BACKGROUND: Antisense reagents can serve as efficient and versatile tools for studying gene function by inhibiting nucleic acids in vivo. Antisense reagents have particular utility for the experimental manipulation of the activity of microRNAs (miRNAs), which are involved in the regulation of diverse developmental and physiological pathways in animals. Even in traditional genetic systems, such as the nematode Caenorhabditis elegans, antisense reagents can provide experimental strategies complementary to mutational approaches. Presently no antisense reagents are available for inhibiting miRNAs in the nematode C. elegans.

RESULTS: We have developed a new class of fluorescently labelled antisense reagents to inhibit miRNAs in ...


In The Tradition Of Science: An Interview With Victor Ambros, Victor R. Ambros Mar 2010

In The Tradition Of Science: An Interview With Victor Ambros, Victor R. Ambros

Program in Molecular Medicine Publications and Presentations

No abstract provided.


Towards An Understanding Of The Etiology Of Abdominal Aortic Aneurysms: Identification Of Genes Implicated In Aaa Risk And Development, John Hunt Lillvis Jan 2010

Towards An Understanding Of The Etiology Of Abdominal Aortic Aneurysms: Identification Of Genes Implicated In Aaa Risk And Development, John Hunt Lillvis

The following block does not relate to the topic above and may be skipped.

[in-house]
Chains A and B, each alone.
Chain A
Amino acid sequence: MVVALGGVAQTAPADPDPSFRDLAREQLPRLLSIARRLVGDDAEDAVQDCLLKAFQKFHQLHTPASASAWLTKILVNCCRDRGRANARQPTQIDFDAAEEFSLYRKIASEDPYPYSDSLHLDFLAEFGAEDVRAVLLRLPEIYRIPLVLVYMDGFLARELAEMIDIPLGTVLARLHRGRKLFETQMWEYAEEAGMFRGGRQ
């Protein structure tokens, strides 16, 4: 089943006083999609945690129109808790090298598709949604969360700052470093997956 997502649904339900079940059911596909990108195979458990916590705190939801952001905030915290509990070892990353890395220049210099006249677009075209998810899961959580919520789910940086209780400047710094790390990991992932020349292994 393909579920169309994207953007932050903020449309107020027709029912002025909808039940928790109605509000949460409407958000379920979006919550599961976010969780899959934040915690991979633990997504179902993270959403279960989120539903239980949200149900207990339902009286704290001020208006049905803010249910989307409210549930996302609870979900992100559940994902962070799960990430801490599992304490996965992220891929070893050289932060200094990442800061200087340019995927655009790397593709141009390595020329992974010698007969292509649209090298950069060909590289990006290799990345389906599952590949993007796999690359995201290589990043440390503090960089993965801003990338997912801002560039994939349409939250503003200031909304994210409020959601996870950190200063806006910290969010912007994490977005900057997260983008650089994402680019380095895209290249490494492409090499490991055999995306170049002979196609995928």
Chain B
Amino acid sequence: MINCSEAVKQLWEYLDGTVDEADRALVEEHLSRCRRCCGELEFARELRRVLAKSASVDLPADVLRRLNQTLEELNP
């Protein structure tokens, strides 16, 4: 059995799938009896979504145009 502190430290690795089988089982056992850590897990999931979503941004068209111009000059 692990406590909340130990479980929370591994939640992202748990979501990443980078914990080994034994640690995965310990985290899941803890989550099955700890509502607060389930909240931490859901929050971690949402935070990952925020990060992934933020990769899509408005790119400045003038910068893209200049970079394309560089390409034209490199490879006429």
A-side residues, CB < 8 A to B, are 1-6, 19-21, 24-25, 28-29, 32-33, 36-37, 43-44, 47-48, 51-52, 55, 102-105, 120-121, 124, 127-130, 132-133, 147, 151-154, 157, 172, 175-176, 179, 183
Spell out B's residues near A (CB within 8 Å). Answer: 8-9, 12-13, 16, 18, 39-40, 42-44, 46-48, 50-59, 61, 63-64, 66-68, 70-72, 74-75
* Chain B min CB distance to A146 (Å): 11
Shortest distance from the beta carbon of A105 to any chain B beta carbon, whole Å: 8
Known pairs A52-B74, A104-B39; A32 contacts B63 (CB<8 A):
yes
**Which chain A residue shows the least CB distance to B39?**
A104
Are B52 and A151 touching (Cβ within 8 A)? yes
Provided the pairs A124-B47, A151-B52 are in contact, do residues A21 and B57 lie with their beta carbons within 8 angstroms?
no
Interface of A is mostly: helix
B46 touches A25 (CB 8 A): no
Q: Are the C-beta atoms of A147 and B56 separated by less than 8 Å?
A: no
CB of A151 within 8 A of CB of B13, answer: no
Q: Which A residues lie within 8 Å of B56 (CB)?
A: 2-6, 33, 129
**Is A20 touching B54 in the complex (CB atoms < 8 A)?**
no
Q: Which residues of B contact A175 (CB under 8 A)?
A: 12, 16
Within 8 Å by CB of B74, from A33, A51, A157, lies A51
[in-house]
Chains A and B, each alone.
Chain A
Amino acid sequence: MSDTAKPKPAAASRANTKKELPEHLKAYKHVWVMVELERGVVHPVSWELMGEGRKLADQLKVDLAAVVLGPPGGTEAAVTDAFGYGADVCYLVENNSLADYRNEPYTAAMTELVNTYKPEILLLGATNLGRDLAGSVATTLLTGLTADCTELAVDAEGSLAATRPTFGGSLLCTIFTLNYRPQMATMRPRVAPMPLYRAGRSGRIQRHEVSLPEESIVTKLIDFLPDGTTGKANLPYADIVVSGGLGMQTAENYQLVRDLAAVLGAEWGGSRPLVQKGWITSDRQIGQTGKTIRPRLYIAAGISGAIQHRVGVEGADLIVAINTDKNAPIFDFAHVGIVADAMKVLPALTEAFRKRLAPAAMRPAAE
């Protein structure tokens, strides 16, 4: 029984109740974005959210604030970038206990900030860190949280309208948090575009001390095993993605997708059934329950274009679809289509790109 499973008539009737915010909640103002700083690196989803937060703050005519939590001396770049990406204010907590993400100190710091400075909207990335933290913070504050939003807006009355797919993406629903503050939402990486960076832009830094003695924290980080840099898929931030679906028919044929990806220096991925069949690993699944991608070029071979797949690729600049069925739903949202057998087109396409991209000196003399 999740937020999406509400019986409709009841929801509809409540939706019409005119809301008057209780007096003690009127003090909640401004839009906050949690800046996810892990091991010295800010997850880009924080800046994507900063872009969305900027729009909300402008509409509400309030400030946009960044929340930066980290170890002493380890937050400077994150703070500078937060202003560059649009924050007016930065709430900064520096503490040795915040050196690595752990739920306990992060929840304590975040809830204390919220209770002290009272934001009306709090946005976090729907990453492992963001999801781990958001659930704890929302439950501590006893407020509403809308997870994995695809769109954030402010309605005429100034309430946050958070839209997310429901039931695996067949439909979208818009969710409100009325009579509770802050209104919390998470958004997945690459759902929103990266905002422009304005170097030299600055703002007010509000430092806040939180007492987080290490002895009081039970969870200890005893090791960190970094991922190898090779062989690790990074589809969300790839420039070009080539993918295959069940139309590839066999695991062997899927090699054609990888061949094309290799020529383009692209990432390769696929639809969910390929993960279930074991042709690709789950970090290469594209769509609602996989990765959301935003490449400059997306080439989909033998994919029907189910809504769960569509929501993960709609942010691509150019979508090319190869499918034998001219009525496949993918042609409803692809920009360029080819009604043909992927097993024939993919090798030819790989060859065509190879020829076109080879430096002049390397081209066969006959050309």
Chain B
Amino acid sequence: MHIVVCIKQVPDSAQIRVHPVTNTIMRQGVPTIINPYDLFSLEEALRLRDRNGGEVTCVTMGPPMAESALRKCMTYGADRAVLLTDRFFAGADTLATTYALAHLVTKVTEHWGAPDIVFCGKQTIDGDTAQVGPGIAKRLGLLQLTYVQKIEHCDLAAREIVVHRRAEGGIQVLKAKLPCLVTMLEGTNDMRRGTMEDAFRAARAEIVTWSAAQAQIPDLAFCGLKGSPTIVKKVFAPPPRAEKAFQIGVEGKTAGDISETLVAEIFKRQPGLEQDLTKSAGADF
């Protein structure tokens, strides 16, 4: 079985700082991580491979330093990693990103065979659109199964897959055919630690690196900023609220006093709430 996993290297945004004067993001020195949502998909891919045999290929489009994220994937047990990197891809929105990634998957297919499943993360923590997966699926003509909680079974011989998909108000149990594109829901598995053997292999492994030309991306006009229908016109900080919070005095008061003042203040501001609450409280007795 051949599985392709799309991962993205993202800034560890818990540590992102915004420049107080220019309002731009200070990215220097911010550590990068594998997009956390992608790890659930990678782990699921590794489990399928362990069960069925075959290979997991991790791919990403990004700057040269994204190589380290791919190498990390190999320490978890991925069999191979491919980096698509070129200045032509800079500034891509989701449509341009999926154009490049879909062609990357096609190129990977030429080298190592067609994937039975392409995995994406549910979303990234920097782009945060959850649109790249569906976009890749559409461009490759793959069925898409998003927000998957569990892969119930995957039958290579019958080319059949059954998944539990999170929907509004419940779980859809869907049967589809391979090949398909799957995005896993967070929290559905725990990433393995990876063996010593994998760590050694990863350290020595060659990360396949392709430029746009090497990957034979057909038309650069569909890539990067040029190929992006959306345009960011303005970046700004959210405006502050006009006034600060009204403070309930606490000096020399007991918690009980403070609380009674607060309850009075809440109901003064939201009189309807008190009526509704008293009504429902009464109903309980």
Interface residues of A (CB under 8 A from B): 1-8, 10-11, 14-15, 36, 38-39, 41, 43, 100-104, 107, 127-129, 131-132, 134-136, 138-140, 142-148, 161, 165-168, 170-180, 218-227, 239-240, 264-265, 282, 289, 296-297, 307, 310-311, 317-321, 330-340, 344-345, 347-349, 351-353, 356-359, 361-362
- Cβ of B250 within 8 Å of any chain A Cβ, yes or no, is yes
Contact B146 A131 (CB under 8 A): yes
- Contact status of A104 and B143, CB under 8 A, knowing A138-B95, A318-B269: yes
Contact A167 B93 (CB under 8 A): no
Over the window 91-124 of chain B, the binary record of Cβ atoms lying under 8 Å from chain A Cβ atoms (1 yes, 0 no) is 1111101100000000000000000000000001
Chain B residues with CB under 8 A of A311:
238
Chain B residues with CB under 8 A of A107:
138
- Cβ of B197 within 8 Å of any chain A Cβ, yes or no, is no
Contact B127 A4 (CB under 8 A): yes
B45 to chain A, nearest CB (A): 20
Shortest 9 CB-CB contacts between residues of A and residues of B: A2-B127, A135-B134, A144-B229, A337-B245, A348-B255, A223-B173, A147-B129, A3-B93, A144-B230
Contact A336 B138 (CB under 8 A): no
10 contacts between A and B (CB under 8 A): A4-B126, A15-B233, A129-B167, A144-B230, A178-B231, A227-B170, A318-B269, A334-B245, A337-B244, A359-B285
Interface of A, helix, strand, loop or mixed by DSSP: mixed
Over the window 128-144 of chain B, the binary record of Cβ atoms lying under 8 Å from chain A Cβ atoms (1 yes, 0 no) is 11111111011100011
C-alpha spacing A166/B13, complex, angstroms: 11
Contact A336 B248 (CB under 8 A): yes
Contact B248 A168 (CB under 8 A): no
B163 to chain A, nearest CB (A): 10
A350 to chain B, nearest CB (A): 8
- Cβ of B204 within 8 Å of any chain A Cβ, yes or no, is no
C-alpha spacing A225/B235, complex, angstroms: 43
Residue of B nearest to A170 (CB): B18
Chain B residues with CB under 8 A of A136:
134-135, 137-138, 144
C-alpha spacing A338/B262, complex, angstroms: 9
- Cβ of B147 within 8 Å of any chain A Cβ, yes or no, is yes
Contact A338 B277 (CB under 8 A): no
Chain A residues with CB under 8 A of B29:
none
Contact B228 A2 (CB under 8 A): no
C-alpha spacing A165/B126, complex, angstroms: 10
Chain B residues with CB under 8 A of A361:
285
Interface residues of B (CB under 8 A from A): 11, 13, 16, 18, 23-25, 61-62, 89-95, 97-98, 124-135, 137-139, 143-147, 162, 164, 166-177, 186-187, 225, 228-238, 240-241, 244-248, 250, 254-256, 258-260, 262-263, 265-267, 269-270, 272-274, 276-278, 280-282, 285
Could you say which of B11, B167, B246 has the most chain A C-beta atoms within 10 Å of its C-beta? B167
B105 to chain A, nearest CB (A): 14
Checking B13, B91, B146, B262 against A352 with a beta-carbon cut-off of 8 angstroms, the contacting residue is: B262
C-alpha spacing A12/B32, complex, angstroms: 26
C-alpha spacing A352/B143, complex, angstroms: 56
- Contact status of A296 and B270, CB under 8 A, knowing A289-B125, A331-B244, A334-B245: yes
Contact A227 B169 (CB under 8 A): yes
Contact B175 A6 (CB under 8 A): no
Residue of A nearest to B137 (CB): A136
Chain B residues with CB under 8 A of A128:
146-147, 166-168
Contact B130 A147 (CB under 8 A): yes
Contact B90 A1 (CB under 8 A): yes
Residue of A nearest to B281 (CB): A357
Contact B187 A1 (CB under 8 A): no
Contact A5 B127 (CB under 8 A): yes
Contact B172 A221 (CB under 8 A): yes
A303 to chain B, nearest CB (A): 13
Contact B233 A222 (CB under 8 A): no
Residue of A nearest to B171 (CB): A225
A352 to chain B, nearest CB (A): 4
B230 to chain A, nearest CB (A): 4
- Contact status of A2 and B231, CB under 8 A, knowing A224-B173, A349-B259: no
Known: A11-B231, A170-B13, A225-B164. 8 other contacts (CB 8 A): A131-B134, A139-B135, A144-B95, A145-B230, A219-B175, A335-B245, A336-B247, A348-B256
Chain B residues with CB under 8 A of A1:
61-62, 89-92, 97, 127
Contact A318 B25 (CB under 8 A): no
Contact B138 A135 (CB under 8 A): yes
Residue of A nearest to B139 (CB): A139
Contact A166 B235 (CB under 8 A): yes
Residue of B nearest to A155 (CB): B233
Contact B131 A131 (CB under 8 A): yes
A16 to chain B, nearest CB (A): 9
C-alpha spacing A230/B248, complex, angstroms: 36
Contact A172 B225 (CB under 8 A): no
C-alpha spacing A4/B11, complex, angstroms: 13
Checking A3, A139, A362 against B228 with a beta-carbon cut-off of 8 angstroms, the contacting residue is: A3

Wayne State University Dissertations

Abdominal aortic aneurysm (AAA) is a common disease for which mechanisms of formation are still not well understood. Despite a strong genetic component to AAA risk, specific risk alleles are still largely unidentified. AAA is also a localized disease with a majority occurring in the infrarenal abdominal aorta and is six times more common than aneurysms of the thoracic aorta. To determine whether risk alleles are present in functional positional candidate genes. we: 1. performed a genetic association study using DNA from AAA cases and controls in ten candidate genes and 2. performed exon sequencing on three genes with evidence ...


Increased Perfusion And Angiogenesis In A Hindlimb Ischemia Model With Plasmid Fgf-2 Delivered By Noninvasive Electroporation, B. Ferraro, Y. L. Cruz, M. Baldwin, D. Coppola, R. Heller Jan 2010

Increased Perfusion And Angiogenesis In A Hindlimb Ischemia Model With Plasmid Fgf-2 Delivered By Noninvasive Electroporation, B. Ferraro, Y. L. Cruz, M. Baldwin, D. Coppola, R. Heller

Bioelectrics Publications